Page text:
50,000 prospective BPO jobs
Business WorldEditors Pick – Denise A. Valdez
50,000 prospective BPO jobs gone with moratorium on new ecozones — IBPAP
THE business process outsourcing (BPO) industry is seeing 50,000 job opportunities going up in smoke thanks to the government’s moratorium on opening new ecozones in Metro Manila.
In a statement released on Friday, the Information Technology and Business Process Association of the Philippines (IBPAP) said that while it was supportive of the intention to boost countryside development, President Rodrigo R. Duterte’s new policy ordering the Philippine Economic Zone Authority (PEZA) to stop processing applications for ecozones in Metro Manila may lead to insufficient supply to meet the demand for contact center spaces in the city in the medium term.
“It is estimated that there are only 126,940 square meters of PEZA-accredited office space versus the forecasted annual demand of 450,000 square meters. This shortage in PEZA-registered IT-BPM (Information Technology and Business Process Management) space in Metro Manila could result to as much as 40,000-50,000 job loss in the industry…,” it said.
It also said that this may also result in “a significant increase in rental rates,” and that all this may affect “the competitiveness of the Philippines for future expansions.”
Administrative Order (AO) No. 18, which took effect last month, called for inter-agency efforts to strengthen ecozones in the countryside and put a moratorium on the processing of applications for ecozones in Metro Manila.
IBPAP noted it is “pleased and supportive” of the government’s thrust to grow ecozones in the countryside, but asked the Office of the President to continue processing pending ecozone applications given the expected harm to the industry.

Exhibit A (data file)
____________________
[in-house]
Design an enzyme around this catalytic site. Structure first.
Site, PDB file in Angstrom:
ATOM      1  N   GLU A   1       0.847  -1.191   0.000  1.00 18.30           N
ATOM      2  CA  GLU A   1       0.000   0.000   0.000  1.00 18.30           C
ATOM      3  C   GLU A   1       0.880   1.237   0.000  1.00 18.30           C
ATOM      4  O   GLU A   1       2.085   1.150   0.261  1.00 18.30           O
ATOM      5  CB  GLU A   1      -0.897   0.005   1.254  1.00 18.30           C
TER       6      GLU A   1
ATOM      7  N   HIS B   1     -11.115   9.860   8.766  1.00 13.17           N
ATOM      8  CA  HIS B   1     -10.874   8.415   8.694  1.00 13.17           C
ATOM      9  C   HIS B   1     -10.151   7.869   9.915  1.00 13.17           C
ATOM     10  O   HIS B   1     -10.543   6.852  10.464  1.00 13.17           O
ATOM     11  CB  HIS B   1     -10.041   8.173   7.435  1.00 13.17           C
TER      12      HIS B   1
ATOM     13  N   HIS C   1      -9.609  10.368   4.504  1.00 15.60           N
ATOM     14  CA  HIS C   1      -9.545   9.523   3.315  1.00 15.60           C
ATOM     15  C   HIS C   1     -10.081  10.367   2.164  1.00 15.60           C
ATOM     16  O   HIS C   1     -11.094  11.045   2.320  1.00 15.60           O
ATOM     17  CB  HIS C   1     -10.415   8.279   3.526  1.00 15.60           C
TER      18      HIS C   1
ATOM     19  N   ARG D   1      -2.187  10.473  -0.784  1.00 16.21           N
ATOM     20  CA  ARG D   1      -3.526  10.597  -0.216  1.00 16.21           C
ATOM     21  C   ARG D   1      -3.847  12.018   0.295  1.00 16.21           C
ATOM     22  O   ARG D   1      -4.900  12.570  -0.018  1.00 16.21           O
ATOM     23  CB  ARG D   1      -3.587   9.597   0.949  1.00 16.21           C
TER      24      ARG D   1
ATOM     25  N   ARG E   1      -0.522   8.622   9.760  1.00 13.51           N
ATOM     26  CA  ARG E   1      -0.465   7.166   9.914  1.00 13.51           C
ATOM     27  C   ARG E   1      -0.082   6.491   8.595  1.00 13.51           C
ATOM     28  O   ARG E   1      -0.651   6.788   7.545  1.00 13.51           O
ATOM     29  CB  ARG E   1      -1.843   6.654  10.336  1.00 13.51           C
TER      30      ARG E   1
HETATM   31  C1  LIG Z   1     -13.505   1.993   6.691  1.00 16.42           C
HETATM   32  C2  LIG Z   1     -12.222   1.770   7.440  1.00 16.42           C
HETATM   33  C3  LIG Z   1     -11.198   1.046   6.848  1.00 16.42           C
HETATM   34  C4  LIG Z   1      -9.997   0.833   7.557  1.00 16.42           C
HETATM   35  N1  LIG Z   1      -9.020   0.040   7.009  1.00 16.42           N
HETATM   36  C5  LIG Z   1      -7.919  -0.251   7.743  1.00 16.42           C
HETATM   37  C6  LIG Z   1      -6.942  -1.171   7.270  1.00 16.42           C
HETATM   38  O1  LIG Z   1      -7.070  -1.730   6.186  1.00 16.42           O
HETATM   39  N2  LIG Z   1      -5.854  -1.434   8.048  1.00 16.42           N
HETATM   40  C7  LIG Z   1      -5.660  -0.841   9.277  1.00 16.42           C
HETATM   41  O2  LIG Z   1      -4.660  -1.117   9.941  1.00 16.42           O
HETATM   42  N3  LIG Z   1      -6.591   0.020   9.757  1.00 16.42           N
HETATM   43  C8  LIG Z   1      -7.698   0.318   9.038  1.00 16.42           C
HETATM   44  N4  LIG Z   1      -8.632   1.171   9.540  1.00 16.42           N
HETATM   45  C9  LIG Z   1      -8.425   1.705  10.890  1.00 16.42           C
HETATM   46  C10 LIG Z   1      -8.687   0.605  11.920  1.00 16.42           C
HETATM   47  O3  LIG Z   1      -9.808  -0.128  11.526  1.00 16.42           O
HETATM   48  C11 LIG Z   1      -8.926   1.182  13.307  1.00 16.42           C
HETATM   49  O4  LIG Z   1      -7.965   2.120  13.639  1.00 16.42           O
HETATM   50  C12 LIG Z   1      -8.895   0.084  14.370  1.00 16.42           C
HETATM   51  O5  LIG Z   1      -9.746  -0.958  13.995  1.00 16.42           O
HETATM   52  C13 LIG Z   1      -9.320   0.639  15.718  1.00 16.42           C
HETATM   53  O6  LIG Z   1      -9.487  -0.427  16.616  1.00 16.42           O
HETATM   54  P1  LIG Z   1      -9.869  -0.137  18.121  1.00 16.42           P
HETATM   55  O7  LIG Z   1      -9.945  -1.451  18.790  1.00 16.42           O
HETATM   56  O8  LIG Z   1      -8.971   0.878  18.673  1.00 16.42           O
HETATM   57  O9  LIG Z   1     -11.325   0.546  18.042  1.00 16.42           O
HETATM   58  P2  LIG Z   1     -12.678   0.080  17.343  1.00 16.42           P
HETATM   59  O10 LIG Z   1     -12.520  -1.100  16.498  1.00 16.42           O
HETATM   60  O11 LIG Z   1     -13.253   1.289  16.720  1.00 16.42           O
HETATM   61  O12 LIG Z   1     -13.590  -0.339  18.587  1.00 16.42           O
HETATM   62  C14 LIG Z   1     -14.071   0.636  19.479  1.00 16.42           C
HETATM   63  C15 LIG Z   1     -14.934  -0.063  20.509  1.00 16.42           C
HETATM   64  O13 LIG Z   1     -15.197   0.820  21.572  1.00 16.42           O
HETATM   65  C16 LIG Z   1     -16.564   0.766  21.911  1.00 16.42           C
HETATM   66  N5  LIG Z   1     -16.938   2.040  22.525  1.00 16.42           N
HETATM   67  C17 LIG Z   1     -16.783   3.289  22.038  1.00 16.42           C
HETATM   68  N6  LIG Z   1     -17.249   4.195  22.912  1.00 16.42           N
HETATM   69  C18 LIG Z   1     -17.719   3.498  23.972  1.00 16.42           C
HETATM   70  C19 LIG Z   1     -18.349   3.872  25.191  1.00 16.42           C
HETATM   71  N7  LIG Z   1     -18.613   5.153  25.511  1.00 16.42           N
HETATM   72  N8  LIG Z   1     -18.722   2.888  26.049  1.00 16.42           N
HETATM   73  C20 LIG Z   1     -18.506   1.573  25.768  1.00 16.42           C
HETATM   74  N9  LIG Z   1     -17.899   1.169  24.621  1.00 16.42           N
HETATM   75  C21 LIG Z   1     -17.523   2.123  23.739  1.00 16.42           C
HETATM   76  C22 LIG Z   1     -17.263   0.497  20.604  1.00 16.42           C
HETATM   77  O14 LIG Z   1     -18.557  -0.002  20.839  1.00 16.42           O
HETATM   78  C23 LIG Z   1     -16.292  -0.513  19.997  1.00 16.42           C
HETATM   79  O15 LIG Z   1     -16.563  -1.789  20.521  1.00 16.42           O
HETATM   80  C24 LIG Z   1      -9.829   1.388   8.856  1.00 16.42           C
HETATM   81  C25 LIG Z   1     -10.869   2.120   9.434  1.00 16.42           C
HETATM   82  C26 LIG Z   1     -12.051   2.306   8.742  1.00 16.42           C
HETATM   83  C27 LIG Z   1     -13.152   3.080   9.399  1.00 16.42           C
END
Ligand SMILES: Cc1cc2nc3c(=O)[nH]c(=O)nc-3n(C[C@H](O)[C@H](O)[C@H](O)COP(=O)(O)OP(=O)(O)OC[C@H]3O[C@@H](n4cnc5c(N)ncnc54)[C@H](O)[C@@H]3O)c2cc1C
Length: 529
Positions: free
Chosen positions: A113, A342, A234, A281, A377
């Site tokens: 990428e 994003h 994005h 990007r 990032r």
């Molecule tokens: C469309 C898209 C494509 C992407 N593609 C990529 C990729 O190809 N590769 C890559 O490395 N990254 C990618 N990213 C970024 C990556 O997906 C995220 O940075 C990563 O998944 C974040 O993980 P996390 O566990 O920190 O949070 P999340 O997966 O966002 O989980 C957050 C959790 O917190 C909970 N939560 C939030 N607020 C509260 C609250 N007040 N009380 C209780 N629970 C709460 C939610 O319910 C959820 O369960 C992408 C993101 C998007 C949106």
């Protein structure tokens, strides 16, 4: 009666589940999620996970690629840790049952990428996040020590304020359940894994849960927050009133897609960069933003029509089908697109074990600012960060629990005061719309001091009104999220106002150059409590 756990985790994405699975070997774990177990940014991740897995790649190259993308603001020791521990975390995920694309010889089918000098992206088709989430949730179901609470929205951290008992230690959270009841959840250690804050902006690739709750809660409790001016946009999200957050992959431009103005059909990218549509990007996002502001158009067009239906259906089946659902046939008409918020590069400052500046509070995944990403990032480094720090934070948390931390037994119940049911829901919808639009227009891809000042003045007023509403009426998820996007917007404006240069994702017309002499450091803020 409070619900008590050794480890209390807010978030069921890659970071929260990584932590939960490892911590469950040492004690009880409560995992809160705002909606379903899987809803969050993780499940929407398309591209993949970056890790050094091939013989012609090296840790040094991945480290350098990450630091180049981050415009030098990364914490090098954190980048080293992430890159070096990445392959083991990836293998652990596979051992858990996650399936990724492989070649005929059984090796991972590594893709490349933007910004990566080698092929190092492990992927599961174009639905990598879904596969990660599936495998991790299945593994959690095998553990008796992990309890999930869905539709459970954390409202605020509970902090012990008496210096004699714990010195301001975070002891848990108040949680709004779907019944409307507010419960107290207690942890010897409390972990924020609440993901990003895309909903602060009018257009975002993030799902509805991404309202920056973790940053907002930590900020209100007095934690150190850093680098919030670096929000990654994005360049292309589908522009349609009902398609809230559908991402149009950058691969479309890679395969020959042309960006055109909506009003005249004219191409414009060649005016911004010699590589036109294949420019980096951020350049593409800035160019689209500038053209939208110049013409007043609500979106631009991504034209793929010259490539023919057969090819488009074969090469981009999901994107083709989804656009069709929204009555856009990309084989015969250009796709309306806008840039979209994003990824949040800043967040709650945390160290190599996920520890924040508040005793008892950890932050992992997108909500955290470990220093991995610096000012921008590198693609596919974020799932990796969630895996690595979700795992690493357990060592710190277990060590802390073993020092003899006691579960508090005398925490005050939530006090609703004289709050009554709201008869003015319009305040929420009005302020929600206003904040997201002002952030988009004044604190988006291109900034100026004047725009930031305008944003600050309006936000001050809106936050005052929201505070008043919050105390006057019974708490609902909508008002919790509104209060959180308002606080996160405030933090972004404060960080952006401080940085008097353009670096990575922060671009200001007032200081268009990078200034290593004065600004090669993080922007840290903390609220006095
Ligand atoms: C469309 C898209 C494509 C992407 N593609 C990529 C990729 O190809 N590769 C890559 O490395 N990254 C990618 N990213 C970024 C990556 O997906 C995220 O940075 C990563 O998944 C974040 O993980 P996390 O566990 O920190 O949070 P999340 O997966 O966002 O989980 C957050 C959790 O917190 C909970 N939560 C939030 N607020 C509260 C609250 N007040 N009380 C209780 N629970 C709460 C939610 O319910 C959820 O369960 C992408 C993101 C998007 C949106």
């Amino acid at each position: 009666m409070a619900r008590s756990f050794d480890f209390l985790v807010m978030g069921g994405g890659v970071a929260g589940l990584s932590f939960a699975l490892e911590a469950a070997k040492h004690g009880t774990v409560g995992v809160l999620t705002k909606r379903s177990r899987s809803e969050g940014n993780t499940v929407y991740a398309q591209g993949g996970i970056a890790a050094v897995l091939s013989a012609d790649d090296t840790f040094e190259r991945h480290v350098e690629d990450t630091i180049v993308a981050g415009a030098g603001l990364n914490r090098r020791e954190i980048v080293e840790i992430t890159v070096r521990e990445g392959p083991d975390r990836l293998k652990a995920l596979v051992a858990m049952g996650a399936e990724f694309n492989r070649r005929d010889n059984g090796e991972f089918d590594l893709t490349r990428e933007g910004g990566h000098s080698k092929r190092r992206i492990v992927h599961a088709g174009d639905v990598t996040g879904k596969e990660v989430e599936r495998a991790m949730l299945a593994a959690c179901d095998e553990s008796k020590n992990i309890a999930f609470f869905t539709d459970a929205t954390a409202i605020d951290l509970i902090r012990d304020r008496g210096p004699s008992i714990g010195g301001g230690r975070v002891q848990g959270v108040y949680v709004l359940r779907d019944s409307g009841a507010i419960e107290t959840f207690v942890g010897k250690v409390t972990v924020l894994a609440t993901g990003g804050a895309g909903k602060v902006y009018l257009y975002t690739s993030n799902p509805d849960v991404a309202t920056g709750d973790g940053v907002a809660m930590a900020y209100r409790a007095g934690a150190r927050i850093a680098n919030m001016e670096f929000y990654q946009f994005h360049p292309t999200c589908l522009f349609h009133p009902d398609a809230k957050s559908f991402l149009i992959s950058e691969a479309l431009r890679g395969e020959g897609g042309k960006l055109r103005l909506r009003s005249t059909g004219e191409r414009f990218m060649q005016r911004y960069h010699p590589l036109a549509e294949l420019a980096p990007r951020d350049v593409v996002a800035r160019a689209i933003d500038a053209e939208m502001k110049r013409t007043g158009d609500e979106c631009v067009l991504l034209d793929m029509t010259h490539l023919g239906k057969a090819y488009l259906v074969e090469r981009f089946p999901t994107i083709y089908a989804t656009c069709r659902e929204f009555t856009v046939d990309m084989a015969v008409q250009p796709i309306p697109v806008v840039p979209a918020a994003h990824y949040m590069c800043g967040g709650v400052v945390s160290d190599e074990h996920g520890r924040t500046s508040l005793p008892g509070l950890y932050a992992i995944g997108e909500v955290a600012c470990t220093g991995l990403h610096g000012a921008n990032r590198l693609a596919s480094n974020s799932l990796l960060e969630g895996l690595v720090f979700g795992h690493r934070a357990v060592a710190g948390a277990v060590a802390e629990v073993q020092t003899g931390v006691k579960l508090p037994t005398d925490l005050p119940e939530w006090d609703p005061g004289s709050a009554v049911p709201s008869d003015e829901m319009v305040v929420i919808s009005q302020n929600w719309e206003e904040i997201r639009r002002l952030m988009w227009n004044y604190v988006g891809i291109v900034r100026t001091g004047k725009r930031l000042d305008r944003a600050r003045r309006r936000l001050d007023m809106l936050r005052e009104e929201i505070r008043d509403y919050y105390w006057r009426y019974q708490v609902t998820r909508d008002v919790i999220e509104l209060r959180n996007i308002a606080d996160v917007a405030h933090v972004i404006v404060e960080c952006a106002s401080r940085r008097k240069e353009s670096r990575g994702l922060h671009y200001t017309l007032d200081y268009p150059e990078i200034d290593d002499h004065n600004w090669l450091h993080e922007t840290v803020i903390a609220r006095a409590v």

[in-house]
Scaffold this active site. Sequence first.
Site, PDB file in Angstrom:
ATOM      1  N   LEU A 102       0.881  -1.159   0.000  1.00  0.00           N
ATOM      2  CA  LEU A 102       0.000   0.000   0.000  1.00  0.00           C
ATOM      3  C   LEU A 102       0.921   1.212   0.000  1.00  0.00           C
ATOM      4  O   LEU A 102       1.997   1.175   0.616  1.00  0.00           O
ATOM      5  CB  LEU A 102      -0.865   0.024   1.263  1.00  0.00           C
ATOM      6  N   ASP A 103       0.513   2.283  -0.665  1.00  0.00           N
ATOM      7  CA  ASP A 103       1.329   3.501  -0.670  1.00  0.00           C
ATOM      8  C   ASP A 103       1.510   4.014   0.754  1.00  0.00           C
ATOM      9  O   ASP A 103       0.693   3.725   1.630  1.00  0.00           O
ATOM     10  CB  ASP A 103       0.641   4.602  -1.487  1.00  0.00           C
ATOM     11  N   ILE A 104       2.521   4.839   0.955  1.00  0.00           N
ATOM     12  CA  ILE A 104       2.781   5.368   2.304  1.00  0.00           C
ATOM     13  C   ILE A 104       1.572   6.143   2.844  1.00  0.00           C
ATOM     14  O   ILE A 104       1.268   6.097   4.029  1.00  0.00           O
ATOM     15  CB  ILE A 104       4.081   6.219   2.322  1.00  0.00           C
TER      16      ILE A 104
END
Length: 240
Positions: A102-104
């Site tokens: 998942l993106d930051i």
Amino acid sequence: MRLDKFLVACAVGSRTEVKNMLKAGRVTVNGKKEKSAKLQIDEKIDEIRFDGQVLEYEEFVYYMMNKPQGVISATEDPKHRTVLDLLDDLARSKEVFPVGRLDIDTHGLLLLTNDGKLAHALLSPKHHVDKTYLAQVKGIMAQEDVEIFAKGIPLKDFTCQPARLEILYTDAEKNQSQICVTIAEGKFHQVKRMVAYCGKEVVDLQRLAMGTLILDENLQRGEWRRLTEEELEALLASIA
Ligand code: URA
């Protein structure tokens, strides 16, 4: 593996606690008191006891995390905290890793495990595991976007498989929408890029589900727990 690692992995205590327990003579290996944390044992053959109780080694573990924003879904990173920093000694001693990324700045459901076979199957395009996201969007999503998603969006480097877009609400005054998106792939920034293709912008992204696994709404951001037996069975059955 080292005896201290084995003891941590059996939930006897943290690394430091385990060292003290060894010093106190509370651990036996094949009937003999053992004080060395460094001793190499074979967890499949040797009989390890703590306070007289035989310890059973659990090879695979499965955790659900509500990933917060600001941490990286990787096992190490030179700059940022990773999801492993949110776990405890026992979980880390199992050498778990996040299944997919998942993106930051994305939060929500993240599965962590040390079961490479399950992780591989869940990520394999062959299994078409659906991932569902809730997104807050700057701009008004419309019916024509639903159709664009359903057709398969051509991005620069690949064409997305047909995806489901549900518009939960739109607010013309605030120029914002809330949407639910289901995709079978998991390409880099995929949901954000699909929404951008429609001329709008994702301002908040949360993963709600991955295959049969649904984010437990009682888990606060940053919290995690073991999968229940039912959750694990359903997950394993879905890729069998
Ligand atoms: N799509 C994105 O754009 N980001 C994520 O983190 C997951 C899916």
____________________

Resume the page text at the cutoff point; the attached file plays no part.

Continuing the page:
“…IBPAP is requesting to facilitate the proclamation of pending PEZA applications in Metro Manila with the Office of the President,” the group said, referring to 22 ecozone applications awaiting Mr. Duterte’s approval.
Aside from the possible loss of jobs opportunities, IBPAP pointed out that the lack of availability of talent in the countryside is a concern in the new policy.
“While some IT-BPM has been successful in expanding to provinces, these are primarily driven by voice services. However, as the industry pivots to digital, talent availability for mid- to high-complexity work has predominantly [been] limited to metro cities such as Manila and Cebu,” it said.
For its part, Contact Center Association of the Philippines (CCAP) said it supports promoting more work in the countryside, but noted there may be a need to hold more discussions with stakeholders to temper worries on the new policy’s impact.
“(AO No. 18) is causing some concerns within the industry. CCAP sees that more dialogues between the industry and government is needed to alleviate these concerns,” it said in a statement released Friday.
CCAP Chairman Louie Benedict C. Hernandez noted that global companies entering the country are generally more drawn to invest in Metro Manila because of the infrastructure, accessibility, and available talent in the area.
“If you are a new Fortune 1000 company, typically if you want to invest in the Philippines for the first time, you will first think about going to Manila… Their first safety comfort is to see how this works in the established Metro Manila as their location,” he said in a media briefing Friday.
With AO No. 18 in place, the CCAP chairman said companies that would still want to be in Manila would have to “price in that cost of doing that business,” noting that investing in Manila is already around 10% more expensive than operating in the provinces.
“We want the government to help us build another Metro Manila. We’re so successful in Metro Manila, but I think we’re not able to replicate the success of Metro Manila for our industry outside Metro Manila… We need more provincial locations replicating what we did,” CCAP President Jojo J. Uligan added. — Denise A. Valdez